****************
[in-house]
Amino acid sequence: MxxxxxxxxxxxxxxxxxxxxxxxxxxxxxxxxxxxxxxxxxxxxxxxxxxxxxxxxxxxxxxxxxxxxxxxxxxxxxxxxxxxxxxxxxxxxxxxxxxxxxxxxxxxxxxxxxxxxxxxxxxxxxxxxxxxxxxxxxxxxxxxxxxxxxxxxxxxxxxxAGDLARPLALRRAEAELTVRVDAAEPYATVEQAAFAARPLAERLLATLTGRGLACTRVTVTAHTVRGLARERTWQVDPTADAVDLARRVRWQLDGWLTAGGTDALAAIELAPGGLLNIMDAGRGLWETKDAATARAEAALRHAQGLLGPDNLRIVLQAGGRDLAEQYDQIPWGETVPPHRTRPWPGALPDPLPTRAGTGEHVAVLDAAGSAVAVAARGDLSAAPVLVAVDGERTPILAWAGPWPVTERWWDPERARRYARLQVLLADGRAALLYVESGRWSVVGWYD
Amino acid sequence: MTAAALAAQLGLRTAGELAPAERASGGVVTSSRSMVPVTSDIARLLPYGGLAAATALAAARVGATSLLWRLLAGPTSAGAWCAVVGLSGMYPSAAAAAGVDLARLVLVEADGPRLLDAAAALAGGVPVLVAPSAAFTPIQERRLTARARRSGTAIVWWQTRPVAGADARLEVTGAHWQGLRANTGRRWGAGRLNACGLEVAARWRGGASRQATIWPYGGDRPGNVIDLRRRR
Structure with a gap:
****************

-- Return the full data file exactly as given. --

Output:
[in-house]
Amino acid sequence: MxxxxxxxxxxxxxxxxxxxxxxxxxxxxxxxxxxxxxxxxxxxxxxxxxxxxxxxxxxxxxxxxxxxxxxxxxxxxxxxxxxxxxxxxxxxxxxxxxxxxxxxxxxxxxxxxxxxxxxxxxxxxxxxxxxxxxxxxxxxxxxxxxxxxxxxxxxxxxxxAGDLARPLALRRAEAELTVRVDAAEPYATVEQAAFAARPLAERLLATLTGRGLACTRVTVTAHTVRGLARERTWQVDPTADAVDLARRVRWQLDGWLTAGGTDALAAIELAPGGLLNIMDAGRGLWETKDAATARAEAALRHAQGLLGPDNLRIVLQAGGRDLAEQYDQIPWGETVPPHRTRPWPGALPDPLPTRAGTGEHVAVLDAAGSAVAVAARGDLSAAPVLVAVDGERTPILAWAGPWPVTERWWDPERARRYARLQVLLADGRAALLYVESGRWSVVGWYD
Amino acid sequence: MTAAALAAQLGLRTAGELAPAERASGGVVTSSRSMVPVTSDIARLLPYGGLAAATALAAARVGATSLLWRLLAGPTSAGAWCAVVGLSGMYPSAAAAAGVDLARLVLVEADGPRLLDAAAALAGGVPVLVAPSAAFTPIQERRLTARARRSGTAIVWWQTRPVAGADARLEVTGAHWQGLRANTGRRWGAGRLNACGLEVAARWRGGASRQATIWPYGGDRPGNVIDLRRRR
Structure with a gap: